Roses in Winter
You might not agree that this little art song is anything special, but it captivated me. “Roses in Winter” is another result of my internet archeology via IMSLP. Composed by Arthur Foote on a poem by Philip Bourke Marston, it’s a piece I can’t find a recording of anywhere — which makes it more exciting, because I love finding obscurities.
(I did discover that if you Google “Philip Bourke Marston Roses in Winter” under “Videos,” the first hit is “Snooki in tears after being kicked off Dancing with the Stars.” I am not making that up.)
“Roses’ Song” comes from Marston’s “Garden Secrets,” in which the Rose and the Lily converse with the beech and elm trees. Rose is the most troubled of the characters – she loves the wind although he can be violent; she dreams of dying; and unlike the trees, the flowers never see winter.
The chapter is “Garden Fairies.” Fairies were a favorite Romantic idea, so much so that people really wanted to believe in them – and here the fairies encounter the roses singing:
“Softly sinking through the snow,
To our winter rest we go;
Underneath the snow to house
Till the birds be in the boughs,
And the boughs with leaves be fair,
And the sun shine everywhere.
“Softly through the snow we settle,
Little Snowdrops press each petal.
Oh! the snow is kind and white,
Soft it is, and very light;
Soon we shall be where no light is,
But where sleep is, and where night is,—
Sleep of every wind unshaken,*
Till our summer bids us waken.”
* This line appears in some editions, not all.
How symbolic is this, I wondered? Is it about sleep, death, or just flowers and seasons? It’s hard to interpret without knowing more about the author and his other work. I looked into it.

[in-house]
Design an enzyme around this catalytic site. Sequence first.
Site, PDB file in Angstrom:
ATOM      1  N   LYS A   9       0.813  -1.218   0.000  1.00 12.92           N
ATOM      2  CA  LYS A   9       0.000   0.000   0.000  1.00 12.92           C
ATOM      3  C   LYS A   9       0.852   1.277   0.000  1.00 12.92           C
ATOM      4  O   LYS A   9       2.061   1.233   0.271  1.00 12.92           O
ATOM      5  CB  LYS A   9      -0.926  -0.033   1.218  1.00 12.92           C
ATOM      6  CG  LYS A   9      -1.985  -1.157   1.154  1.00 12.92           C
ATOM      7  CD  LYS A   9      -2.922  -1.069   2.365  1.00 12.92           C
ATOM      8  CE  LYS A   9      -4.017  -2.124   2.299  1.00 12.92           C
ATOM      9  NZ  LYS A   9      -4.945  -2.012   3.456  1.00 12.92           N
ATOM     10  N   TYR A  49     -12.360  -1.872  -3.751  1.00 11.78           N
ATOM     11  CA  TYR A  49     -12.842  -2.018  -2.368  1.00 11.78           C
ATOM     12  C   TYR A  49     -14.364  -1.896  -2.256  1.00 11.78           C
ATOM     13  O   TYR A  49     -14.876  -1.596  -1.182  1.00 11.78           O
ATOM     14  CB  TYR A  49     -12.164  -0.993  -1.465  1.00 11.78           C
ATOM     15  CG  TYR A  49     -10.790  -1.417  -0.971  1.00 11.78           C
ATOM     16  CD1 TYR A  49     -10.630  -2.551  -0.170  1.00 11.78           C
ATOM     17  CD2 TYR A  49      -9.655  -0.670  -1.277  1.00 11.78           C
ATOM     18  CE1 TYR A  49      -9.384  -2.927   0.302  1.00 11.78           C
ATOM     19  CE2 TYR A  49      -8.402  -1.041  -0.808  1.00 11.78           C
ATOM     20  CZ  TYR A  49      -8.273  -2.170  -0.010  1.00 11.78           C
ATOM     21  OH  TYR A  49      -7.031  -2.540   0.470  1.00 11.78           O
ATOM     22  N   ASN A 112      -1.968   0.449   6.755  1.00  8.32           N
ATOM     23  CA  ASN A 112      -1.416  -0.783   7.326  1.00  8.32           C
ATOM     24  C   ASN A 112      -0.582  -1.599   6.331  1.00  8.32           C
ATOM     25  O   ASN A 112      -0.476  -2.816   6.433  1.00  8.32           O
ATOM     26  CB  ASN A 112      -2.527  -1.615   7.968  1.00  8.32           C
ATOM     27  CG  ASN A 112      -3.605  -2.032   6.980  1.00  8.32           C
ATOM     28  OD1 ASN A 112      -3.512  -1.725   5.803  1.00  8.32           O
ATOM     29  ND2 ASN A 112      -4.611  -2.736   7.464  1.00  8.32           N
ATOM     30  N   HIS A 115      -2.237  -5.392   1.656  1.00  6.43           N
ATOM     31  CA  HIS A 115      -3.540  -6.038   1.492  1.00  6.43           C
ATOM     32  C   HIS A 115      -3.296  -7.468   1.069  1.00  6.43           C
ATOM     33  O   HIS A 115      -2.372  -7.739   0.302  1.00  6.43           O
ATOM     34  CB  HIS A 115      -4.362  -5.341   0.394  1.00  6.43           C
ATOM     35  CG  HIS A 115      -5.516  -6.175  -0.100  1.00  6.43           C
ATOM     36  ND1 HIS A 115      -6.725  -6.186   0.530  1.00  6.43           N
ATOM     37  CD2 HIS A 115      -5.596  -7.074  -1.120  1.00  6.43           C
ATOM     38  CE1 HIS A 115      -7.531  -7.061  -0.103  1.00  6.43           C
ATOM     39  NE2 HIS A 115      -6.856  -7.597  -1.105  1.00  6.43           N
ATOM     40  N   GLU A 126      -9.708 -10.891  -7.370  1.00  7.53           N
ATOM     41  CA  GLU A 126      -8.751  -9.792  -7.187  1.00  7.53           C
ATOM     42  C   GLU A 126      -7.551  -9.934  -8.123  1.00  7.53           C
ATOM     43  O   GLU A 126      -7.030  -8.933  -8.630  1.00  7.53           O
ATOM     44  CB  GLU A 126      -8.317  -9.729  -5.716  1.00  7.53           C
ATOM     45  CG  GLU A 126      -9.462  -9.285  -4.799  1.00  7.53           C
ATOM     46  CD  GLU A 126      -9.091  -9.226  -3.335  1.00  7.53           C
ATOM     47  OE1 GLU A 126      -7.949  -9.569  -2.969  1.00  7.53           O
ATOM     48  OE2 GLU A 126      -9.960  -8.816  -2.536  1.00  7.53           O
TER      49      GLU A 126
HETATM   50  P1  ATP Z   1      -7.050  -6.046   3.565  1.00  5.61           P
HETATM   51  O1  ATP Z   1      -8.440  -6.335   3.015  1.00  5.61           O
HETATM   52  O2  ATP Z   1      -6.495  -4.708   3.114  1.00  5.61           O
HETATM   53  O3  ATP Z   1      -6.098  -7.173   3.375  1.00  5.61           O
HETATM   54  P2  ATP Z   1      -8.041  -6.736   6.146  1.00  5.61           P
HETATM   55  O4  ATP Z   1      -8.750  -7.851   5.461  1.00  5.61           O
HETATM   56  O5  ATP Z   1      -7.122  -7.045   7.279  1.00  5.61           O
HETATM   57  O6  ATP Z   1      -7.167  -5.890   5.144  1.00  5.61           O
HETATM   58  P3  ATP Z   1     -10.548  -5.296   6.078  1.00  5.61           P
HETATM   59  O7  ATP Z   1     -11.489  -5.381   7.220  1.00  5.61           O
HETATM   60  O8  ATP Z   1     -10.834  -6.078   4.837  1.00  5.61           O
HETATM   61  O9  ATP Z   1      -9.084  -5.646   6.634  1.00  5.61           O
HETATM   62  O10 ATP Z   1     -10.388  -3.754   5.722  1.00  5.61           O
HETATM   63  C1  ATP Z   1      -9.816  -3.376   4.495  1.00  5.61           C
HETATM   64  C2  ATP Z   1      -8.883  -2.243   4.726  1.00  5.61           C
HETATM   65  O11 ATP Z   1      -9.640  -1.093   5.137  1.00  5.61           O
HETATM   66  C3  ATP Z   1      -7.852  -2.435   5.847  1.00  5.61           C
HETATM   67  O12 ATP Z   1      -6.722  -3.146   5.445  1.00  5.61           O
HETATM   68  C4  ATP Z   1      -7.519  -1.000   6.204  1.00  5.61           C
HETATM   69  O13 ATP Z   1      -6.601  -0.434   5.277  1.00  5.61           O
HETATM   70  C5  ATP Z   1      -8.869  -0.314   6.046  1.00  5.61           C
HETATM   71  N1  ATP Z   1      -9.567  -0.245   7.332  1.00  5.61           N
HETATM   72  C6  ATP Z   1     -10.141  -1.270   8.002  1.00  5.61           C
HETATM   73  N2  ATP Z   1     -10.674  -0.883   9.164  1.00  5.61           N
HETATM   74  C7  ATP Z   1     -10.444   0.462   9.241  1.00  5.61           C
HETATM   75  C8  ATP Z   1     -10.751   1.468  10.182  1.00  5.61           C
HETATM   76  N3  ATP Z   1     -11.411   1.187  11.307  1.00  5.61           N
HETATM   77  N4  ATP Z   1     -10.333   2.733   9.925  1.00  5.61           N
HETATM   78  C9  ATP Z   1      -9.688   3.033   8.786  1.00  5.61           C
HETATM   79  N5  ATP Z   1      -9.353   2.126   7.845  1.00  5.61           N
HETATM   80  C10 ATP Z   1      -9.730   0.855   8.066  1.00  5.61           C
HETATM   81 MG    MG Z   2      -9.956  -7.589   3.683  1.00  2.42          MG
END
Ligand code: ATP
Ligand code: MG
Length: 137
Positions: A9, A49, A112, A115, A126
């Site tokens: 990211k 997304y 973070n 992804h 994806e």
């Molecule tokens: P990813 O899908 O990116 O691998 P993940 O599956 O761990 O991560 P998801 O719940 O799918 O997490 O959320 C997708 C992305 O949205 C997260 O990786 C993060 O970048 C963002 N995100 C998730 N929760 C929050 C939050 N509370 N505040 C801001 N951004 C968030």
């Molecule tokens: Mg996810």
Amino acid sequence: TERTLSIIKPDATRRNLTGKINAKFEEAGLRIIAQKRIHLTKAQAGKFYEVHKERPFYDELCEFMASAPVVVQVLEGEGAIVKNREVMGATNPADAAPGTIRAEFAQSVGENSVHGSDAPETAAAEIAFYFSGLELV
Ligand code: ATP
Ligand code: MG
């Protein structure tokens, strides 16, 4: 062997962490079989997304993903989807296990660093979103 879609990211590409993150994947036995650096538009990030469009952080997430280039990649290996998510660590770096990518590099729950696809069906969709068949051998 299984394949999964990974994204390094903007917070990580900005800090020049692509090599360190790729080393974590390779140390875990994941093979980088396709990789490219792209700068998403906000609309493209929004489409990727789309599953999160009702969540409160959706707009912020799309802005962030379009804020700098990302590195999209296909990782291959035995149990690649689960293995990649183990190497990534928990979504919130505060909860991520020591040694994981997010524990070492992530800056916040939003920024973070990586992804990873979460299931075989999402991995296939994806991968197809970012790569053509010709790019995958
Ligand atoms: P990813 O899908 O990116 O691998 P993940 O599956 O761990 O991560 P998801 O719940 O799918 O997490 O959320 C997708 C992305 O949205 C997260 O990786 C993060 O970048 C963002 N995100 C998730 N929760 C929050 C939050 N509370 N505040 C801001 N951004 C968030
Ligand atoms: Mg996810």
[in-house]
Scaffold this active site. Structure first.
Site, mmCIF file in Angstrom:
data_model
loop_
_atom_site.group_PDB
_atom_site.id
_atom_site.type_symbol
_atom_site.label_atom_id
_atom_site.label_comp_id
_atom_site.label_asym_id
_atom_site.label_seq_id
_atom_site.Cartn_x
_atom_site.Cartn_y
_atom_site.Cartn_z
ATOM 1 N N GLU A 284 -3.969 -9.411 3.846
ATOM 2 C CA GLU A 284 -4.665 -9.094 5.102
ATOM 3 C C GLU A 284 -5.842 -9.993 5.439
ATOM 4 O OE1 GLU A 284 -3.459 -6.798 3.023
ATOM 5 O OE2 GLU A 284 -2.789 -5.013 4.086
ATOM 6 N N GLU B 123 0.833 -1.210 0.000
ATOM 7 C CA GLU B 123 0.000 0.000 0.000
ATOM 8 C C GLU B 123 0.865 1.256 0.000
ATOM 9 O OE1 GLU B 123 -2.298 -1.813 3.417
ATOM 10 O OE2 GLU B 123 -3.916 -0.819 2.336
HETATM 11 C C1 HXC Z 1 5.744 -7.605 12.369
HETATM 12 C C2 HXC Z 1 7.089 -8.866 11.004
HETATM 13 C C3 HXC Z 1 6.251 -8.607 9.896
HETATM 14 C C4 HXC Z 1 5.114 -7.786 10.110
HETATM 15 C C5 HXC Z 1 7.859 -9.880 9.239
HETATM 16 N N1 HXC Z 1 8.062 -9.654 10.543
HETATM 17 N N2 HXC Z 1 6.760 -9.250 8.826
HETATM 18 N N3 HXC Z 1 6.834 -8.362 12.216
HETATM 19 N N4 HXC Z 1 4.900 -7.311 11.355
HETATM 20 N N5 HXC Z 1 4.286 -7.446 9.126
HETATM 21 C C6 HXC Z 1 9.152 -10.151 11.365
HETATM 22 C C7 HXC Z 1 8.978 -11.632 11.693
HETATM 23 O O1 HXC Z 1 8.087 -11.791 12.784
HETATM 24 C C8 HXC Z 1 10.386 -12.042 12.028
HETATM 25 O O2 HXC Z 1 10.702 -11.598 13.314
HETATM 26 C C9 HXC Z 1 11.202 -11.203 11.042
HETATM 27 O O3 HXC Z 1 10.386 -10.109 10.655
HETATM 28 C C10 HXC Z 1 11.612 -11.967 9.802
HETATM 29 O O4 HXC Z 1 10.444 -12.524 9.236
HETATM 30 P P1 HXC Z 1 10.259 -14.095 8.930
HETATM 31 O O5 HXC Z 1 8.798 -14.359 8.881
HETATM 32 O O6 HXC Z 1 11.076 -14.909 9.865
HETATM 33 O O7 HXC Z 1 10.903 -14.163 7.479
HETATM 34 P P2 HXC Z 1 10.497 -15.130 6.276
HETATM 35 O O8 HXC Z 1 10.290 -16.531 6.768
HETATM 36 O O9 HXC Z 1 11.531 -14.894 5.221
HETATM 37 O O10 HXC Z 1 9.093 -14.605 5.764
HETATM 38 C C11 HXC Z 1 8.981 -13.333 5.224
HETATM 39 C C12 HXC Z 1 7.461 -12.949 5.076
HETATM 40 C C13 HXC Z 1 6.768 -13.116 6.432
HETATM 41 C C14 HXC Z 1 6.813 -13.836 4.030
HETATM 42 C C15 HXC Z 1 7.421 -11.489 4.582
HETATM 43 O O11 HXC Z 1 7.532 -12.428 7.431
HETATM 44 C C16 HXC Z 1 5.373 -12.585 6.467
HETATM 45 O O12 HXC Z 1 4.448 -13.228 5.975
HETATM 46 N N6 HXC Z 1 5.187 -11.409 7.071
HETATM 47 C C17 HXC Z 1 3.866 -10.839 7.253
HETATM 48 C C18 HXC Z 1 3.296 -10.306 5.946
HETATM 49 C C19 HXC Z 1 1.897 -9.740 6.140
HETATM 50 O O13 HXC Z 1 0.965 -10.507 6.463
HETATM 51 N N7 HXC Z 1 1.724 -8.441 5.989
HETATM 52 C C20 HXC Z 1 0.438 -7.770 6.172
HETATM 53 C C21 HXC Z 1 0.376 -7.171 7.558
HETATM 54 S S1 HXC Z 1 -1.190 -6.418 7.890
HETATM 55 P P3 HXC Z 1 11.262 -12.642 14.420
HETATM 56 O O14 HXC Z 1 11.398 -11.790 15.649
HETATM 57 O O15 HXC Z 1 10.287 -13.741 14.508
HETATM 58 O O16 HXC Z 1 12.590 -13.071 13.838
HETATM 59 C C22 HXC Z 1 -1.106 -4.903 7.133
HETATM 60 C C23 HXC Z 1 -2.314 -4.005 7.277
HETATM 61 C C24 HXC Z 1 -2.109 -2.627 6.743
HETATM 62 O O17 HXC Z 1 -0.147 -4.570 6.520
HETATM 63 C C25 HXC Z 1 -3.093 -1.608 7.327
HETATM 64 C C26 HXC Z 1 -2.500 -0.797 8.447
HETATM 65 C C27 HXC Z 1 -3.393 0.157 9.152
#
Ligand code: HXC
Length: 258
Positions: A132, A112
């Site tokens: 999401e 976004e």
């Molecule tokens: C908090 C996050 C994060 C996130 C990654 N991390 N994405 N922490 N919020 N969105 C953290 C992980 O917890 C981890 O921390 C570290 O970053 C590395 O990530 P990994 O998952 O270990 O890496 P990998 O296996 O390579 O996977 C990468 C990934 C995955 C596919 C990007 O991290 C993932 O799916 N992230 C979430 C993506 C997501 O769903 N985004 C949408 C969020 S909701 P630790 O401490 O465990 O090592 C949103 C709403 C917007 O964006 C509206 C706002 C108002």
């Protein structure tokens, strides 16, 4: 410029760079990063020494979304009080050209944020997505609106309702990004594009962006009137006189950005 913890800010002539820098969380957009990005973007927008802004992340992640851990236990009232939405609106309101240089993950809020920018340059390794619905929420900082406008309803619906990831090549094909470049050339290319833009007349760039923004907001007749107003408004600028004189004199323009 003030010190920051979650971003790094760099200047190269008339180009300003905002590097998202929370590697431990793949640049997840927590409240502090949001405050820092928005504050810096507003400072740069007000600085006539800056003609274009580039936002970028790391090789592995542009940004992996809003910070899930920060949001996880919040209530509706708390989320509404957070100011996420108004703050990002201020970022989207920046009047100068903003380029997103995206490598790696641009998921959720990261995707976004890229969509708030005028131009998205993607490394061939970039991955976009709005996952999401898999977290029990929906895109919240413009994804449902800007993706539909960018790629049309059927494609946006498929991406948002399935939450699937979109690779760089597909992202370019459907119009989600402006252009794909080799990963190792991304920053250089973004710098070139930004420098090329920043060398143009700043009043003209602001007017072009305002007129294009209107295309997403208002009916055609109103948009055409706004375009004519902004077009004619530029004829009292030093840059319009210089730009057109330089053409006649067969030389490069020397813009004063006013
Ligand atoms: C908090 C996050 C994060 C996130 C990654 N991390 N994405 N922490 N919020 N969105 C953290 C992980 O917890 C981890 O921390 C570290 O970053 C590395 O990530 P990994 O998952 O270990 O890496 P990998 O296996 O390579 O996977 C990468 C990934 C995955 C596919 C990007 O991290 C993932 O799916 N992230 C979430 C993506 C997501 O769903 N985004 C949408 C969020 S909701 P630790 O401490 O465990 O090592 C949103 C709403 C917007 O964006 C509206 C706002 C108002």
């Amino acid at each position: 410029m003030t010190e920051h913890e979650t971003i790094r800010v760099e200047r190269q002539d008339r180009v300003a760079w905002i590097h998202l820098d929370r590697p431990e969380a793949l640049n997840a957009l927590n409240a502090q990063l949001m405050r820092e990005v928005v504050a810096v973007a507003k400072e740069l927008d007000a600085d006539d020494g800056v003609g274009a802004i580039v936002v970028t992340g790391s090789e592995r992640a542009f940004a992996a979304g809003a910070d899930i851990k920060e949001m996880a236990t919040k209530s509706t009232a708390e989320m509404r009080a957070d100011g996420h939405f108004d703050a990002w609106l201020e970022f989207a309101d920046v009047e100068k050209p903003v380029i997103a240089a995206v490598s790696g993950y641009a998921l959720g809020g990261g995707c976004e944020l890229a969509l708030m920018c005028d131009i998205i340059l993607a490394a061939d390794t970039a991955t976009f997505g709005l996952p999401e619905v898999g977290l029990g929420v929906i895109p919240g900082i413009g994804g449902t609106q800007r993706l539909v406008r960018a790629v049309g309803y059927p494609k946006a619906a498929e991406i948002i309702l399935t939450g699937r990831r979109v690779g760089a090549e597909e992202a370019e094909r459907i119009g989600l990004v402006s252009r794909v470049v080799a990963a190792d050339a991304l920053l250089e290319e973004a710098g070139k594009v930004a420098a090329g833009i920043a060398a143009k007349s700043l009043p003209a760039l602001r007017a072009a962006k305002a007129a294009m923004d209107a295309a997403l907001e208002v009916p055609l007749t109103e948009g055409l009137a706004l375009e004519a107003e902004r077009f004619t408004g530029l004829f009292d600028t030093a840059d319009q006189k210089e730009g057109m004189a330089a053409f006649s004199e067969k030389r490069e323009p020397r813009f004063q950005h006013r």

Marston’s life took a very sad turn, and most of his poetry reflected it. Born in London in 1850, Marston was blinded at age 3, the result of belladonna given to prevent scarlet fever combined with an accidental eye injury.
Blindness was not the source of his life’s sorrow, however. It was the death of his fiancée in 1871 that devastated him. (His mother had died the previous year; a few years later, his best friend died, and then both of his sisters.)
Understandably, his poems became increasingly melancholy as his life went on. From my research, the first of the “Garden Secrets” poems were published in 1871 (“Song-tide, and Other Poems”), soon after the death of his betrothed. I found “The Roses’ Song” in a later volume, “Wind-Voices,” published in 1883. That doesn’t prove when Marston wrote the poem, but makes it likely that it reflects grief.
(A free download of his collected poems is found HERE.)
“Garden Secrets” are light compared to his other work, but even optimistic passages are tinged with a bittersweet tone. After The Roses’ Song, for example, the Fairies rejoin:
“Then toward some far-off goal that singing drew;
Then altogether ceased; more steely blue